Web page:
We have the impression that Mr. McNamara himself is a lot brighter than most of the people who write about him (you really ought to read his essay on the origins of the Mythic Computer, in which he hits many nails right on the head), but even he seems limited by a point of view that regards the whole period before his birth as more or less the same. For the operating system, he very sensibly chose a robust version of Linux, because, as he says, “in order to make something last forever, just build it using stuff that has lasted forever.” Linux came into the world in 1991, which gives us a terminus post quem for “forever.”

At any rate, what Mr. McNamara has built is a text editor in a wooden box—something like an AlphaSmart, but with much more expensive parts. And it is a glorious thing. It is worth whatever price he puts on it, because it is a work of art. In writing about it, Dr. Boli does not at all mean to imply that creating a computer made by hand is a silly thing to do. He simply uses it as an occasion to examine certain otherwise unexamined assumptions that seem to be prevalent among our bright young people, “young” meaning “born within the past hundred years or so.”


  1. Von Hindenburg says:

    One wonders if ‘wooden computers’ is a reference to the faux wood, or at least dark brown coloration of some early computers and video game systems. Maybe the writer saw an image of one of those and didn’t dig any more deeply. Or, maybe they were using a search engine which doesn’t clearly distinguish between real and AI-derived images; something which will very soon make the past even more unknowable and mythic.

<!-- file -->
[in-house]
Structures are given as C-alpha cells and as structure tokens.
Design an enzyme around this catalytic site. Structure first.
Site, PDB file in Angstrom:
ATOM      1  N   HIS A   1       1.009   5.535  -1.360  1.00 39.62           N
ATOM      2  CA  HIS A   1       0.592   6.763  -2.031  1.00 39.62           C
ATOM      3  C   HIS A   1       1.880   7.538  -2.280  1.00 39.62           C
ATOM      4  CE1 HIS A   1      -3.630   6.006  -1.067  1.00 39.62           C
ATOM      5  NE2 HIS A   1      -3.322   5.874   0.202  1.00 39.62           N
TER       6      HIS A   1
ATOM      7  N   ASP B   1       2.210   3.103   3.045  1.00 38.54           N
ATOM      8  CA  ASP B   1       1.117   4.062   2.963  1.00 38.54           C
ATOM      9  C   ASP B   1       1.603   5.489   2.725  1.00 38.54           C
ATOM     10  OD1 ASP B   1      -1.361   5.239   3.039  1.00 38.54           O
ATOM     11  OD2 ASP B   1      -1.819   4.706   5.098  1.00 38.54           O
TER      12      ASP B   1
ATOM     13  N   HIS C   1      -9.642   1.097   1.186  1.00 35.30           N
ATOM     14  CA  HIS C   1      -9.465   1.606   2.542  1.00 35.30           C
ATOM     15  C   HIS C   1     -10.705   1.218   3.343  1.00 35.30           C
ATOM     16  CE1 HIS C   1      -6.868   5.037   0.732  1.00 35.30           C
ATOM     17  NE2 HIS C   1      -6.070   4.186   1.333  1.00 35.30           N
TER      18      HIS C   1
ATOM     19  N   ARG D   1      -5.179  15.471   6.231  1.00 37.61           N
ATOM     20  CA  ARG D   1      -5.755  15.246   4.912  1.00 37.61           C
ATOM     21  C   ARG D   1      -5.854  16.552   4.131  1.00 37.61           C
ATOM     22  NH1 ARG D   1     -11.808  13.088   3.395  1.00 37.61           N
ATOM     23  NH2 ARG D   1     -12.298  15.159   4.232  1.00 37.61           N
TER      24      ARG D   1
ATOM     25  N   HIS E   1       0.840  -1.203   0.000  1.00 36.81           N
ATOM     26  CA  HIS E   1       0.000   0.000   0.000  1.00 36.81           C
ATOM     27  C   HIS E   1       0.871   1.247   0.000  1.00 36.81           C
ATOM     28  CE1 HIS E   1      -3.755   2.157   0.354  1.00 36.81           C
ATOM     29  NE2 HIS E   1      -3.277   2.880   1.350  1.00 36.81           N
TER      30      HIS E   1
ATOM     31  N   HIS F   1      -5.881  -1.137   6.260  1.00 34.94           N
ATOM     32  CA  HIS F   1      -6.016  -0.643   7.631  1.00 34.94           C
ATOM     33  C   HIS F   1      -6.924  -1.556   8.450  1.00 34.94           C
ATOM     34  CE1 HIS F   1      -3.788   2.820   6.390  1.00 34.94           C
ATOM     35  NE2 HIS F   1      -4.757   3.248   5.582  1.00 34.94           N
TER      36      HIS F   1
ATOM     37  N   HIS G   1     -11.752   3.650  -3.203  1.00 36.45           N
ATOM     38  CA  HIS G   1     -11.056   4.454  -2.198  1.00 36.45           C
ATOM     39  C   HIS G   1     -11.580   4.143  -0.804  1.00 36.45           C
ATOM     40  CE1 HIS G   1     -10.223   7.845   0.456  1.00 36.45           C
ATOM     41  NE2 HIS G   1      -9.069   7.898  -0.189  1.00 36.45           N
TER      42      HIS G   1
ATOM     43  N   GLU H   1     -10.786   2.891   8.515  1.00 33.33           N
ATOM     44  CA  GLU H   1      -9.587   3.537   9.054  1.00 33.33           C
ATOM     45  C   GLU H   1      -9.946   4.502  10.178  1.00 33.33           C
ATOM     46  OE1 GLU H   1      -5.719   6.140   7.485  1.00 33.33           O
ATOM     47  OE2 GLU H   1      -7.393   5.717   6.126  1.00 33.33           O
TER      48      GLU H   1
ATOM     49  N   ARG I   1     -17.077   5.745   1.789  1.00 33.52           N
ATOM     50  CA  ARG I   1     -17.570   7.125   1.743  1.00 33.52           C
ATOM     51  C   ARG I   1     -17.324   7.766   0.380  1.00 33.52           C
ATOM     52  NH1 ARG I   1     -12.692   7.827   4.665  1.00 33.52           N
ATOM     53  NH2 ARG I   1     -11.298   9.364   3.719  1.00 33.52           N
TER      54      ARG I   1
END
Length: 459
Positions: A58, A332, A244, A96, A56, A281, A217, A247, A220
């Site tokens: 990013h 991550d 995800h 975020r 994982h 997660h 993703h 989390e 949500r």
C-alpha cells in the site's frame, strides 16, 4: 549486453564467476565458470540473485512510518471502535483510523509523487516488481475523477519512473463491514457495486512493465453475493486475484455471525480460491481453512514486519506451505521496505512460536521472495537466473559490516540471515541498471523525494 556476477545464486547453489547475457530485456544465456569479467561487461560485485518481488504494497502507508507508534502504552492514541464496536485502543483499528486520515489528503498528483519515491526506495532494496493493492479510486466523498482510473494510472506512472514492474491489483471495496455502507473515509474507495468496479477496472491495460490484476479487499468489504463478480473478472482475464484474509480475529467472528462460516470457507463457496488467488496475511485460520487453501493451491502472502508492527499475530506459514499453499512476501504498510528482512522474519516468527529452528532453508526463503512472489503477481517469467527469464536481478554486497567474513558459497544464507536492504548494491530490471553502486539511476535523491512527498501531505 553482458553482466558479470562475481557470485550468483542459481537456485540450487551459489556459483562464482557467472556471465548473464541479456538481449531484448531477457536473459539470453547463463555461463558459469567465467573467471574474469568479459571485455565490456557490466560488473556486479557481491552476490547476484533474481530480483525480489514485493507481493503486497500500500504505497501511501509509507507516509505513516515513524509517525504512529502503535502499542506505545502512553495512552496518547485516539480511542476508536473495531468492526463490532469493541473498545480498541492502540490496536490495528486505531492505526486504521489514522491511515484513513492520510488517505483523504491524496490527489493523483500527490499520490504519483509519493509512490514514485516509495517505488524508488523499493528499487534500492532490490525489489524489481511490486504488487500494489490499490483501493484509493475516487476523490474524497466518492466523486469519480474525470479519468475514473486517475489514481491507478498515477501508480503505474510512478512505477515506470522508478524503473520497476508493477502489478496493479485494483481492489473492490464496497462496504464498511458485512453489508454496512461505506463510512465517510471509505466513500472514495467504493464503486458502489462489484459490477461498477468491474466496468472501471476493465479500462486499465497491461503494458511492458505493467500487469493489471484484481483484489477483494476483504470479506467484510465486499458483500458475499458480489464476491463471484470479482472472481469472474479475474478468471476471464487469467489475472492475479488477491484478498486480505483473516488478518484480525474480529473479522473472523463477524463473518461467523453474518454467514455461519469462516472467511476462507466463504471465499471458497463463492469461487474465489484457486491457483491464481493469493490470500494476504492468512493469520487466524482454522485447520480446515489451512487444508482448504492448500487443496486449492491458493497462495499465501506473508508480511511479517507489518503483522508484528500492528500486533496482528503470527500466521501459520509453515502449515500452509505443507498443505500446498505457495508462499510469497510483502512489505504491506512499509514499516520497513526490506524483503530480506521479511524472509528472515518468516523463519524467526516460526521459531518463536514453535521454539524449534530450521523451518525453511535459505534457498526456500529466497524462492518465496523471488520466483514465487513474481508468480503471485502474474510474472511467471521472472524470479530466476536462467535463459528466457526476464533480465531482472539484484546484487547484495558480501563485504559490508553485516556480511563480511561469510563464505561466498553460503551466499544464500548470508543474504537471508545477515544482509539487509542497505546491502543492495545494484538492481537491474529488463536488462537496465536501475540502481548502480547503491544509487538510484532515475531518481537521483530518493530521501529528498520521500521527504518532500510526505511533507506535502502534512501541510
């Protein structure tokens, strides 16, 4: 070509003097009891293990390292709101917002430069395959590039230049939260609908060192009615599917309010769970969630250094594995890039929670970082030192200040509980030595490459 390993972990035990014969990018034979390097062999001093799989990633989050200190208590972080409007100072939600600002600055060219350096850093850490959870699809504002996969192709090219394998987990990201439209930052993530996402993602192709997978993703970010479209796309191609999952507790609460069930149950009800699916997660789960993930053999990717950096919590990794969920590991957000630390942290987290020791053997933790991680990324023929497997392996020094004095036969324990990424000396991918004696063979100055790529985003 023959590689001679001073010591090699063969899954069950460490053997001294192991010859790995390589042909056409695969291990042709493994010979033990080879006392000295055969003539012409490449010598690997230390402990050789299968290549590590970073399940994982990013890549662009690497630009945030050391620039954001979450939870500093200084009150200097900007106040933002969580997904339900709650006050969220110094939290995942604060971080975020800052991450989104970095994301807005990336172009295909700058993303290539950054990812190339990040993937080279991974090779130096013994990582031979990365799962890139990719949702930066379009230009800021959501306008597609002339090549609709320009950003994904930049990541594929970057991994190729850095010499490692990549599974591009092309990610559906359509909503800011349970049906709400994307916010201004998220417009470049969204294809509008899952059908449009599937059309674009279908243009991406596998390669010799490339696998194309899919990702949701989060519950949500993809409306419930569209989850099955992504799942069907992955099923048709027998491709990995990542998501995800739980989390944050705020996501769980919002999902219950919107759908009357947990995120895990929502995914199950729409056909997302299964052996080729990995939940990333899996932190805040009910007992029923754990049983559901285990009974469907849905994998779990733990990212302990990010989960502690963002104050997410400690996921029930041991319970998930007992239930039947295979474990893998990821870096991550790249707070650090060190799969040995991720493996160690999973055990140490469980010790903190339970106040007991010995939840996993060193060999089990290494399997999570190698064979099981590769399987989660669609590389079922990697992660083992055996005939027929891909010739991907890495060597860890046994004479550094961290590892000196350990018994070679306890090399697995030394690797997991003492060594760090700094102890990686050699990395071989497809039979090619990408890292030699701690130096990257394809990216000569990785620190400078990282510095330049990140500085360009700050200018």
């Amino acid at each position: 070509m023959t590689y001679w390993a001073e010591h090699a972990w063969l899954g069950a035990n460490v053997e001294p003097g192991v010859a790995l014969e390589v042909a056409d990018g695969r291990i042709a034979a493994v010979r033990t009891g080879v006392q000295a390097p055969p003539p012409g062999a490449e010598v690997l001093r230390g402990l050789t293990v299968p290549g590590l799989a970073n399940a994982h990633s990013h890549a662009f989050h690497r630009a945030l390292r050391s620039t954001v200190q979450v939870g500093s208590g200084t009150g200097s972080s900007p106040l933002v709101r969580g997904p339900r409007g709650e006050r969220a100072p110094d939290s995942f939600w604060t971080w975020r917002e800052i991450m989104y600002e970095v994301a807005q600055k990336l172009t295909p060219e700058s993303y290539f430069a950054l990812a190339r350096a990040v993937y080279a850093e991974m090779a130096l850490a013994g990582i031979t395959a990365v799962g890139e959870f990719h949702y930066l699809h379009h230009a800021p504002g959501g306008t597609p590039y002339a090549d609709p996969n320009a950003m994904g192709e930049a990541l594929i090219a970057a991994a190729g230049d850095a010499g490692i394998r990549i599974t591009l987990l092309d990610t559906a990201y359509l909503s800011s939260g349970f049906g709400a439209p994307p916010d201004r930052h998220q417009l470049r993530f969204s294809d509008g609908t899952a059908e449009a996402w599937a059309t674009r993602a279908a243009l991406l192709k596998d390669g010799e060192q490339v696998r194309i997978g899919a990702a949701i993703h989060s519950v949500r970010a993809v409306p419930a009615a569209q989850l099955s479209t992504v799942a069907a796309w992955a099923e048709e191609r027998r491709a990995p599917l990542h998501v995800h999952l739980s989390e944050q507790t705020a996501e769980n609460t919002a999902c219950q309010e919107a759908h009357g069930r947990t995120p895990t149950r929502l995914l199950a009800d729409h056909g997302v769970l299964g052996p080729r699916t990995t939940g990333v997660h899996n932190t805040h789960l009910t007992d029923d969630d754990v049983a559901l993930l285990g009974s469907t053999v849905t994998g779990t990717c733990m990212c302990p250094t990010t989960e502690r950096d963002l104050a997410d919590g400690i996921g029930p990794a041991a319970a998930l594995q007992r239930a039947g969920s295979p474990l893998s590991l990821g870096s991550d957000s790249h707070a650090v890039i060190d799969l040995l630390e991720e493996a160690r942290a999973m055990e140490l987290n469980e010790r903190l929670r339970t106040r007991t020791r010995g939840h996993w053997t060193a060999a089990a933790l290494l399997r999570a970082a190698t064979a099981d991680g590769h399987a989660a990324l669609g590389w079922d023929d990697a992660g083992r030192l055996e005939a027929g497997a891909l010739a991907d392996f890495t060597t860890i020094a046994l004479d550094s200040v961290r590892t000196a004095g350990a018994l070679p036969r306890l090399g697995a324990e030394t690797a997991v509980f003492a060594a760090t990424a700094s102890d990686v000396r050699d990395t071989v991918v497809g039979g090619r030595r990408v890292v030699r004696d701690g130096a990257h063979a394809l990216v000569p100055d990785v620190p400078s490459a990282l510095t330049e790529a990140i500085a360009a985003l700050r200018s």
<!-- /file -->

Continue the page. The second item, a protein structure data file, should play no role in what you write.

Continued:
2. Antiplanner says:

    McNamara says, “As far as I can tell, no more than a handful of designers or engineers in the last 50 years of personal computing have thought: ‘We should consider the physical instantiation of these ubiquitous machines very seriously.'”

    Tell that to Apple Computer. Remember the first iMac? The original iBook? I remember when Mac desktop interfaces were completely customizable and some gorgeous designs resulted. I suspect that even today designers such as Raymond Loewy would appreciate the iPhone and MacBook Air.

    • Von Hindenburg says:

      Indeed. Laptops in particular are a very carefully considered balance of ergonomics and performance, to say nothing of the amount of thought and effort that goes into software interfaces. It’s not that computers aren’t carefully designed. It’s just that most aren’t designed for the small niche market to which he’s selling.

  3. The Shadow says:

    I strong suspect that the subhead was being deliberately ironic. I certainly hope so!

    And perhaps ‘Mythic’ here means an era of computing that he feels *should* have existed, even though it unfortunately didn’t?

  4. Arkadiy says:

    My computer has served for 15 years so far. There is not a single hardware part left from the original machine. The only thing that makes it the same computer is the data.

  5. GP says:

    Arcade machine cases were commonly made out of plywood, perhaps that’s the ispiration?

  6. KevinT says:

    I believe that my first slide rule was made of wood. As were all of my #2 and HB pencils. And, if you can lay your hands on one, a wooden abacus can be a beautiful computing tool as well.

  7. Dutch 1960 says:

    The first Apple computers were typically housed in wooden frames or cases.